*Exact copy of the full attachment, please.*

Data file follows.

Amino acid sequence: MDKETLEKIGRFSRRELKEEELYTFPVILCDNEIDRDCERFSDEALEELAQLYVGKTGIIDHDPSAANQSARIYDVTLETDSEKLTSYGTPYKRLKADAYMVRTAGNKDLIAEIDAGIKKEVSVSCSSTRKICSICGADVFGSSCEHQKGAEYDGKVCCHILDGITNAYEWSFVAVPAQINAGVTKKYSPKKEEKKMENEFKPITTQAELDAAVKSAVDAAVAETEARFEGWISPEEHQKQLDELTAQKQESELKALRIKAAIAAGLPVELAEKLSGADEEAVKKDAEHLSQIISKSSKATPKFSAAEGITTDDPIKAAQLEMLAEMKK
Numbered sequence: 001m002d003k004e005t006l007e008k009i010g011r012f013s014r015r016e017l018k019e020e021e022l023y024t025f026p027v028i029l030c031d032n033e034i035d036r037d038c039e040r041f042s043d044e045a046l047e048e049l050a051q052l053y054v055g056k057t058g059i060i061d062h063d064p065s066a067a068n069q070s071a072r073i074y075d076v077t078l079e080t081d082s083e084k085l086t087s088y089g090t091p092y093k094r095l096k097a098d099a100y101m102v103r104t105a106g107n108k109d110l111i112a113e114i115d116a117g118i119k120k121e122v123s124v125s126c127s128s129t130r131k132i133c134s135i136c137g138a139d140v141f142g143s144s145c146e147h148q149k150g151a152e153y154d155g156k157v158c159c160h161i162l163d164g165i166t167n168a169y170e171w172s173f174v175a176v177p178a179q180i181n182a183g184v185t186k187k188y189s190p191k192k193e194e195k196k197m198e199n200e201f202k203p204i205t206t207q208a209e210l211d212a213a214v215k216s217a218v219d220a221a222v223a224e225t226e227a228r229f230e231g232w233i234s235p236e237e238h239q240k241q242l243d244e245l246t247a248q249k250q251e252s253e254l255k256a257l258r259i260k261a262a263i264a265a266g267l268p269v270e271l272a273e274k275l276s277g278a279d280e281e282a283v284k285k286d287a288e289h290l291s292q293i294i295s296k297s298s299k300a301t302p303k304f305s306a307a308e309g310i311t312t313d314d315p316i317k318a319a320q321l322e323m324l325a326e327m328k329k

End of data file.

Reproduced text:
Amino acid sequence: MDKETLEKIGRFSRRELKEEELYTFPVILCDNEIDRDCERFSDEALEELAQLYVGKTGIIDHDPSAANQSARIYDVTLETDSEKLTSYGTPYKRLKADAYMVRTAGNKDLIAEIDAGIKKEVSVSCSSTRKICSICGADVFGSSCEHQKGAEYDGKVCCHILDGITNAYEWSFVAVPAQINAGVTKKYSPKKEEKKMENEFKPITTQAELDAAVKSAVDAAVAETEARFEGWISPEEHQKQLDELTAQKQESELKALRIKAAIAAGLPVELAEKLSGADEEAVKKDAEHLSQIISKSSKATPKFSAAEGITTDDPIKAAQLEMLAEMKK
Numbered sequence: 001m002d003k004e005t006l007e008k009i010g011r012f013s014r015r016e017l018k019e020e021e022l023y024t025f026p027v028i029l030c031d032n033e034i035d036r037d038c039e040r041f042s043d044e045a046l047e048e049l050a051q052l053y054v055g056k057t058g059i060i061d062h063d064p065s066a067a068n069q070s071a072r073i074y075d076v077t078l079e080t081d082s083e084k085l086t087s088y089g090t091p092y093k094r095l096k097a098d099a100y101m102v103r104t105a106g107n108k109d110l111i112a113e114i115d116a117g118i119k120k121e122v123s124v125s126c127s128s129t130r131k132i133c134s135i136c137g138a139d140v141f142g143s144s145c146e147h148q149k150g151a152e153y154d155g156k157v158c159c160h161i162l163d164g165i166t167n168a169y170e171w172s173f174v175a176v177p178a179q180i181n182a183g184v185t186k187k188y189s190p191k192k193e194e195k196k197m198e199n200e201f202k203p204i205t206t207q208a209e210l211d212a213a214v215k216s217a218v219d220a221a222v223a224e225t226e227a228r229f230e231g232w233i234s235p236e237e238h239q240k241q242l243d244e245l246t247a248q249k250q251e252s253e254l255k256a257l258r259i260k261a262a263i264a265a266g267l268p269v270e271l272a273e274k275l276s277g278a279d280e281e282a283v284k285k286d287a288e289h290l291s292q293i294i295s296k297s298s299k300a301t302p303k304f305s306a307a308e309g310i311t312t313d314d315p316i317k318a319a320q321l322e323m324l325a326e327m328k329k